Obama criticizes health insurance industry in Philadelphia address

Jon Ward Contributor
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A combative President Obama went after the health insurance industry again Monday, bashing them as a greedy and cruel group that cares nothing for every day Americans but only for profits.

He also chastised Republicans for inaction when they held power in Washington and said their calls for him to start over on reform were simply attempts to stall progress.

Obama, speaking at a small liberal arts college outside Philadelphia, was more agitated and exercised as he spoke than perhaps in any speech he has given as president.

“Listen up!” he said at one point, as he sought to explain the benefits of his plan.

“That’s the most fiery I’ve seen him since the early campaign,” Sen. Arlen Specter, Pennsylvania Democrat, said afterward. “When I was listening to him I wished that he had given that in the State of the Union. If it’s the State of the Union he would have reached a lot more people.”

The president’s tone was an indication of how high the stakes are at this moment for him and for Democrats, as they try to push their health care reform across the finish line, despite strong public disapproval of their plan.

A large group of protesters gathered outside the president’s speech, while inside an auditorium he spoke to a large crowd of enthusiastic supporters, most of whom appeared to be college students.

“Congress owes the American people a final up or down vote on health care. It’s time to make a decision. The time for talk is over. We need to see where people stand,” Obama said, calling on his supporters to “knock on doors” to persuade other Americans that his plan is a good one, and to call their members of Congress.

Much of the president’s speech, however, was spent attacking insurers and Republicans.

“Every year, they drop more people’s coverage when they’re sick and need it most. Every year, they raise premiums higher and higher,” Obama said of health insurers.

The president said that insurers “have made a calculation” that they have nothing to lose by raising premiums.

“Since there’s so little competition in the insurance industry, they’re ok with people being priced out of health insurance because they’ll still make more by raising premiums on the customers they have,” Obama said. “And they will keep doing this for as long as they can get away with it.”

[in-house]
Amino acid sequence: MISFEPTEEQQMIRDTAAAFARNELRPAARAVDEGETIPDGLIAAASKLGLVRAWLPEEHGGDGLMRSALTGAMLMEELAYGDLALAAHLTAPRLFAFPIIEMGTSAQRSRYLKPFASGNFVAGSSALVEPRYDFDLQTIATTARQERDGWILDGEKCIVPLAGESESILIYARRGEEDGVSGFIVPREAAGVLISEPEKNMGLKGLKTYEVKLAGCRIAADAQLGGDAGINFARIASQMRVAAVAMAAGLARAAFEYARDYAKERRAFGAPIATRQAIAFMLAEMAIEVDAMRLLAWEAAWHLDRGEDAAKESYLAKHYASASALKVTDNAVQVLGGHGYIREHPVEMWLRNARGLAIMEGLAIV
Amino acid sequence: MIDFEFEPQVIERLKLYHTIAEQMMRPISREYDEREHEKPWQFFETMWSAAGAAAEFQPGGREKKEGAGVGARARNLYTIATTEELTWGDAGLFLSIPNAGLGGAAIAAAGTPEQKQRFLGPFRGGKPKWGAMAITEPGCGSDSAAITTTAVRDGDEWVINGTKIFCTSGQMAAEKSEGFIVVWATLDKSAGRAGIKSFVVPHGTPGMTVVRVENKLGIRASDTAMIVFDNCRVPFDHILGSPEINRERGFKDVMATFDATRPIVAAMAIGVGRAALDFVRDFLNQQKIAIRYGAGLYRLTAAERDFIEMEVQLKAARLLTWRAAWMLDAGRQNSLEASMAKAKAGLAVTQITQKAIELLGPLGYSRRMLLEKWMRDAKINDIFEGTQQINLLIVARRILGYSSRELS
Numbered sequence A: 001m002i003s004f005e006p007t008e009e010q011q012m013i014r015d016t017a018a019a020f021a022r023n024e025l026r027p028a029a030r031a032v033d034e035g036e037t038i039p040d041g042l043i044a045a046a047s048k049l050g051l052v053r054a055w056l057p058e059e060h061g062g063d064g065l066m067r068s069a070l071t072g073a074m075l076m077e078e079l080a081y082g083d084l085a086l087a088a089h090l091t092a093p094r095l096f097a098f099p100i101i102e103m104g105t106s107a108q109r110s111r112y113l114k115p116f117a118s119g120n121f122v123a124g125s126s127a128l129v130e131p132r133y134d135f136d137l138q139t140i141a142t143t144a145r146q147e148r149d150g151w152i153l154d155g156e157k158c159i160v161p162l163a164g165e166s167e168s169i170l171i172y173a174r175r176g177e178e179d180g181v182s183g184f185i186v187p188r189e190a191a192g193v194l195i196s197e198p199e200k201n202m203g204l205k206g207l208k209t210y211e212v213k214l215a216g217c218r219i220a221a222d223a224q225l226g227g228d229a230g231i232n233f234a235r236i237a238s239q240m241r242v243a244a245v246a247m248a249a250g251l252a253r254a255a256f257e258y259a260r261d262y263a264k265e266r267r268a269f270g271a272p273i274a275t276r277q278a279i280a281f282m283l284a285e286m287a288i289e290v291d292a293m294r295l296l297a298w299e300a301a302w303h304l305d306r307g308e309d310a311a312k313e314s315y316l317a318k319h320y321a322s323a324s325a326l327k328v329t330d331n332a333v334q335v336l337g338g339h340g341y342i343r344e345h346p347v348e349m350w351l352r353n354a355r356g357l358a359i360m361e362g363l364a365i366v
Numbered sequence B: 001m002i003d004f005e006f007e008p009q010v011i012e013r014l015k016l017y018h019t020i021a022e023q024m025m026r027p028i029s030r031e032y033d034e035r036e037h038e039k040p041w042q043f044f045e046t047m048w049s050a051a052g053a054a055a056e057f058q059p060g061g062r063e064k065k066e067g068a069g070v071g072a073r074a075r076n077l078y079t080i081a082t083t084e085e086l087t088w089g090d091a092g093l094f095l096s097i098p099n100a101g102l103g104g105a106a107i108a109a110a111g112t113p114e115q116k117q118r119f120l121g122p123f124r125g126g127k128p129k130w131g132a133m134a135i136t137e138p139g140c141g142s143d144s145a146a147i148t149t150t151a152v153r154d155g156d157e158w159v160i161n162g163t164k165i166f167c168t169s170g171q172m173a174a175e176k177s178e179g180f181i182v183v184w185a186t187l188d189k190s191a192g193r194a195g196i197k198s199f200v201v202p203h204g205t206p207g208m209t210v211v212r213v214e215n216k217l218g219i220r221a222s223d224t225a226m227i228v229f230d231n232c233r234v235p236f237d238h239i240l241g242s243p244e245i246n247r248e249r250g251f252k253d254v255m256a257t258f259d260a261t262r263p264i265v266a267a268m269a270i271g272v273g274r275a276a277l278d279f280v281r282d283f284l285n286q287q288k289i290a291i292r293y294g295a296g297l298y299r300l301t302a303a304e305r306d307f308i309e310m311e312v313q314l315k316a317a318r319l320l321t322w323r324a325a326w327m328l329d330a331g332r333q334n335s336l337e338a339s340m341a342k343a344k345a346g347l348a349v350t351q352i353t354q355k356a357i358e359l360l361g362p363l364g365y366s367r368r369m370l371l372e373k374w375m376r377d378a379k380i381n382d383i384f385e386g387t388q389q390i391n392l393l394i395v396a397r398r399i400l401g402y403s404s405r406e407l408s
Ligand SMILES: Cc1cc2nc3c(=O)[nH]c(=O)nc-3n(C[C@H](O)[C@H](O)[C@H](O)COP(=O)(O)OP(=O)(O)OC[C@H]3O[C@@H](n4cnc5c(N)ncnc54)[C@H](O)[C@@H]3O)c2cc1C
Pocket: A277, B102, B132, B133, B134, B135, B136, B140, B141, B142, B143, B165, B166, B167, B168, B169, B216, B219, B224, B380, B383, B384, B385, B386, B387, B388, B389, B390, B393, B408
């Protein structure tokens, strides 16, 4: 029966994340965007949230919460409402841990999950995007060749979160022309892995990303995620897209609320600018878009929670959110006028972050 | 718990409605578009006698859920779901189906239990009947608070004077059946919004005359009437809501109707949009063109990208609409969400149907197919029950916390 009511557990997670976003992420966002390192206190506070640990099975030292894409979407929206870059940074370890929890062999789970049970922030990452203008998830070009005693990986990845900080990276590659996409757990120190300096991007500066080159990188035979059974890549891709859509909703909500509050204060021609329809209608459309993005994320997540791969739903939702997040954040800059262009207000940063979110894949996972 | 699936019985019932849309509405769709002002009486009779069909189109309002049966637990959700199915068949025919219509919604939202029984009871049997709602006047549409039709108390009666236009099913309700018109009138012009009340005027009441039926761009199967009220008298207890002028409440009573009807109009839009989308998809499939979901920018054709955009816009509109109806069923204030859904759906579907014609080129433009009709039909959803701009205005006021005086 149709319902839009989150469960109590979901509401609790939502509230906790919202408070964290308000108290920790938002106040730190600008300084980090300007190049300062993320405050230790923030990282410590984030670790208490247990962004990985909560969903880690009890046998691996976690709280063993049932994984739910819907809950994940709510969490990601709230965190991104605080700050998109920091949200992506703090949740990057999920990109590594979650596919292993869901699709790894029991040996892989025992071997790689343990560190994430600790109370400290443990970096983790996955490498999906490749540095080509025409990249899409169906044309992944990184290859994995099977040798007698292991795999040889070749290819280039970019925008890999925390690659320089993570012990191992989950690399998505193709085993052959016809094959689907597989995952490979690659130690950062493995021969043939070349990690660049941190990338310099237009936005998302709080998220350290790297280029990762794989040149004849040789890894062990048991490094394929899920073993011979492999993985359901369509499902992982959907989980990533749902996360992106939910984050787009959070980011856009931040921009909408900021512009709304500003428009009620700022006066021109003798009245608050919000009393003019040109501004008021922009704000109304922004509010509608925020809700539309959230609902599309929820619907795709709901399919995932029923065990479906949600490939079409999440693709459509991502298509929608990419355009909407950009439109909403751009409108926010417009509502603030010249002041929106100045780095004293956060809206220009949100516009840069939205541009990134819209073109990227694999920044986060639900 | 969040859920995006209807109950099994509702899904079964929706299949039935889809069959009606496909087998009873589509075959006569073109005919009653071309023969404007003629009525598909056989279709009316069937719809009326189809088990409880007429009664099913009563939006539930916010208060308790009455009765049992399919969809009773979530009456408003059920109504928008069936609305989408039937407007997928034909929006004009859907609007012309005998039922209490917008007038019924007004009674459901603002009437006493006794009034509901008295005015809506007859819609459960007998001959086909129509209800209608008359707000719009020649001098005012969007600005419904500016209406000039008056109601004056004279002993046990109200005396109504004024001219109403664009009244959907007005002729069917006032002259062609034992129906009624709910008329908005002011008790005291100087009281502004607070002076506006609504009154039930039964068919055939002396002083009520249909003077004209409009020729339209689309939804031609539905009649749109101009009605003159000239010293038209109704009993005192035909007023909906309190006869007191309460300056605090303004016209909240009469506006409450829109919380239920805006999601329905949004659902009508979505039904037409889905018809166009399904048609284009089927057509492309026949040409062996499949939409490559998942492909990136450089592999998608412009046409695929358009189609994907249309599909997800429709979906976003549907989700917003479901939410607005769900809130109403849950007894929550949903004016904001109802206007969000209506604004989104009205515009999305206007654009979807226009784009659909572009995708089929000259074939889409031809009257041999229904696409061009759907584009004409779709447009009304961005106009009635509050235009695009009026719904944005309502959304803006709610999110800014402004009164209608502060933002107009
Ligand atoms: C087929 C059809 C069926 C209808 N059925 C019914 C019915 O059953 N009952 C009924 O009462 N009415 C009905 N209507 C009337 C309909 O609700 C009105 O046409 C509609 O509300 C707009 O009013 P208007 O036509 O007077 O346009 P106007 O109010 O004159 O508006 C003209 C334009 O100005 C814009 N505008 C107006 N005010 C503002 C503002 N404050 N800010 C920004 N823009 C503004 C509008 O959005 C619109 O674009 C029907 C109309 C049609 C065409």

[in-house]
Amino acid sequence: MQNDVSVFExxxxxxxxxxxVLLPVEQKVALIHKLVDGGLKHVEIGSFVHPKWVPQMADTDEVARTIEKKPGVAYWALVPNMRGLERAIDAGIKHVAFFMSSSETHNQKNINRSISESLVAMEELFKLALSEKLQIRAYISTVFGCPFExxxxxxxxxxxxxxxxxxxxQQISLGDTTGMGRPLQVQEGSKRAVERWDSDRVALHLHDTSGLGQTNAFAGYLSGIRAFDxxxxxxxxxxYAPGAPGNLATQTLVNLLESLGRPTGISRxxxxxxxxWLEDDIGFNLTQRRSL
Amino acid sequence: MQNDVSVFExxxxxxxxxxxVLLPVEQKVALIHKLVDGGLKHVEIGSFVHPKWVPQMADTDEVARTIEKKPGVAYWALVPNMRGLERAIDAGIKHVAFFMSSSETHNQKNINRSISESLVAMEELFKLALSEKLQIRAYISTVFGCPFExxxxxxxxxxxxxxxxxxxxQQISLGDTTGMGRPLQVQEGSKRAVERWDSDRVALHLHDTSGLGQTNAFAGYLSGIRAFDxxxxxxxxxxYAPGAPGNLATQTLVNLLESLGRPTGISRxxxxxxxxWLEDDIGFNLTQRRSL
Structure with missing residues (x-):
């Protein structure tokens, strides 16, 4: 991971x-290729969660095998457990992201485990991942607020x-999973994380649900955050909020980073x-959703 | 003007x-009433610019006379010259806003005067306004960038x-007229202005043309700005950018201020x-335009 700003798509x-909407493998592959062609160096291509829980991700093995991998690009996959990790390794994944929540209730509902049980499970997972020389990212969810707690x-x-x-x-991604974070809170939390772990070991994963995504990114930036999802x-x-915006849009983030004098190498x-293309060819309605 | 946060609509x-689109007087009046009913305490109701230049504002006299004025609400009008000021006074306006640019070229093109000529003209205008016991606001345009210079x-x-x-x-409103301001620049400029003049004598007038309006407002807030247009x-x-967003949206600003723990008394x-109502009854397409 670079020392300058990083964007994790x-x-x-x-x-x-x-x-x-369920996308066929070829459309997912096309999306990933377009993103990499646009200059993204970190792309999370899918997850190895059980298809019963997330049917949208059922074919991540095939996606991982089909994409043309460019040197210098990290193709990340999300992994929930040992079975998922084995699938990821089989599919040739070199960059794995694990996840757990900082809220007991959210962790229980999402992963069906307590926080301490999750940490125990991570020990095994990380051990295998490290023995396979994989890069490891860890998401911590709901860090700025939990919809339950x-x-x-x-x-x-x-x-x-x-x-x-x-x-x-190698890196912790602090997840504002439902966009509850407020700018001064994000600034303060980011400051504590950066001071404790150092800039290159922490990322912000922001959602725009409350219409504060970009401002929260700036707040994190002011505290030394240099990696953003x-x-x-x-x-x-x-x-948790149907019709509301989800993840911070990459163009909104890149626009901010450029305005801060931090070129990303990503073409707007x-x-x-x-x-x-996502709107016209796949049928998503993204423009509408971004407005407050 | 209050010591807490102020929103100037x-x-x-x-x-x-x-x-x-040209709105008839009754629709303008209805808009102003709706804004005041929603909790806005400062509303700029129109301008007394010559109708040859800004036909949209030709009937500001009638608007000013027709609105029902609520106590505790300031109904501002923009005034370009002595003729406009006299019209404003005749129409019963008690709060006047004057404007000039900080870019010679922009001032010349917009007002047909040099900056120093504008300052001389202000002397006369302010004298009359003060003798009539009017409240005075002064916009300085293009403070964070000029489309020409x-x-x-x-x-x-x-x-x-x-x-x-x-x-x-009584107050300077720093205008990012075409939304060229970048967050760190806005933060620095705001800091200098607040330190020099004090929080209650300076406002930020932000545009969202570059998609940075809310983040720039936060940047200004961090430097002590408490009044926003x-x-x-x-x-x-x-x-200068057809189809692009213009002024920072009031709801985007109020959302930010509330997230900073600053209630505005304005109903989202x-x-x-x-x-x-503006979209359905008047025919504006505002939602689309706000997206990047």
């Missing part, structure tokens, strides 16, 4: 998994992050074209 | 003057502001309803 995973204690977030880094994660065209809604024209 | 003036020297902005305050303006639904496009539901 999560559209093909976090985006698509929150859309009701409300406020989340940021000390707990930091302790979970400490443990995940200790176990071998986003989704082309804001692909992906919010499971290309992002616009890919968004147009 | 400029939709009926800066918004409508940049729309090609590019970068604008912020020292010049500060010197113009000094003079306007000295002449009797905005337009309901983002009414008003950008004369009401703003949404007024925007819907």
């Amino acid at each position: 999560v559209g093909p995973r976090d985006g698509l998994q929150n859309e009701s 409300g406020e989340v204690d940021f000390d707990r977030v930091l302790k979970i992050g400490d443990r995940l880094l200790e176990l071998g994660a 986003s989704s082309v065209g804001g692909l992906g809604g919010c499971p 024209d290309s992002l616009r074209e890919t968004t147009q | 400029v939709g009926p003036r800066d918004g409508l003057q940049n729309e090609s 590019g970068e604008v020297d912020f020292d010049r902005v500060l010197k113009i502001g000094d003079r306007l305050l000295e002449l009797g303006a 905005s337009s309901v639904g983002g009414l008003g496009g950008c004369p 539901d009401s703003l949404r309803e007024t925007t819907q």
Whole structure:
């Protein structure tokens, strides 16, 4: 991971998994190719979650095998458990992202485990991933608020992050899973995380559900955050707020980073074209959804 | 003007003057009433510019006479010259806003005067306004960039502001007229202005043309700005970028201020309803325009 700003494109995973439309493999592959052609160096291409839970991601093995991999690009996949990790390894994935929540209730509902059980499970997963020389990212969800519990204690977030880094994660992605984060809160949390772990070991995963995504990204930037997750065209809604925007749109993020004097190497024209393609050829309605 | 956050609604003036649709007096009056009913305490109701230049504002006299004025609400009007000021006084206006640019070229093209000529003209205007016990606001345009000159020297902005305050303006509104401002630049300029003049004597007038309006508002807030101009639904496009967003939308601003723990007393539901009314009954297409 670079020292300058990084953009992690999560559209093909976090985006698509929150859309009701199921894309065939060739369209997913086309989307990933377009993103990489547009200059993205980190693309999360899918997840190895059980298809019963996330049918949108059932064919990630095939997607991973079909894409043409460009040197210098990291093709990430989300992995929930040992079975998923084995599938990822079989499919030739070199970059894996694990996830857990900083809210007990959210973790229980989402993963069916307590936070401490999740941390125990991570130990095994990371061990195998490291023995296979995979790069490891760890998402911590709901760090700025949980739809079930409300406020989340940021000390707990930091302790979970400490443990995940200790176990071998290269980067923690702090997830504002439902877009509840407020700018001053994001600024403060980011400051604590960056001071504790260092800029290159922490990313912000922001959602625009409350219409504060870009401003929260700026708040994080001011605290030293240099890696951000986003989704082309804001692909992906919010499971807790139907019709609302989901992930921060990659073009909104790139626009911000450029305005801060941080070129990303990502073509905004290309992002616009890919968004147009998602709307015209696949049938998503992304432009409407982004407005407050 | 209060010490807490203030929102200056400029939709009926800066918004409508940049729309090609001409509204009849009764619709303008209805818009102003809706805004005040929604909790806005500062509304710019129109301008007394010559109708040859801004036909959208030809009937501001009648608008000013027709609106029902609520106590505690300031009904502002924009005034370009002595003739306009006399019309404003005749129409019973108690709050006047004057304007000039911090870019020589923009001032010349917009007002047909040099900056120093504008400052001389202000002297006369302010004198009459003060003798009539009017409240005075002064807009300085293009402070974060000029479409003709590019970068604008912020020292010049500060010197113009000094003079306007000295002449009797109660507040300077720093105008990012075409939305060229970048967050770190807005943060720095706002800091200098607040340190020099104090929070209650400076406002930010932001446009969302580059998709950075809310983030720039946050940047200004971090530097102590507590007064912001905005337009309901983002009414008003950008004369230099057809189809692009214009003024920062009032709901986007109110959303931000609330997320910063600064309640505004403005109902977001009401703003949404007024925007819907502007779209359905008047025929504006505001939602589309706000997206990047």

The insurers shot back immediately.

“The men and women in our industry are working hard every day to make the health care system better, and they do not deserve to be vilified for political purposes,” said Robert Zirkelbach, a spokesman for America’s Health Insurance Plans.

“For every dollar spent on health care in America, less than one penny goes towards health plan profits. The focus needs to be on the other 99 cents,” Zirkelbach said.

The president’s remarks are an escalation of the anti-insurance industry message that his administration has been building for weeks.

Insurance reps did not appreciate the president’s comment in his weekly address on Saturday that they did not give him “a straight answer” when he asked them, during a meeting at the White House last week, about rising rates.

The president also said that Republicans have little room to talk about cutting health care costs now, saying they should have done something when they held the White House and Congress.

“You had 10 years. What happened? What were you doing?” Obama said.

Obama’s remarks are also an updated version of the populist message he has sounded more frequently since the Massachusetts special election in January, as the president tries to tap into anger in the country over the economy and get himself on the right side of it.

Obama will travel to St. Louis on Wednesday to again try and rally support for his health care reform proposal, as Democratic congressional leaders continue to search for ways to pass the bill into law.

The most significant obstacles to passage remain threefold: a bloc of pro-life Democrats in the House are adamantly opposed to voting for the Senate bill, and a solution to that is unclear; many conservative House Democrats do not want to vote for a bill that will likely get them tossed by voters this fall; and liberal House Democrats do not trust the Senate to fix the original bill through reconciliation, and are searching for a way to guarantee that they do so.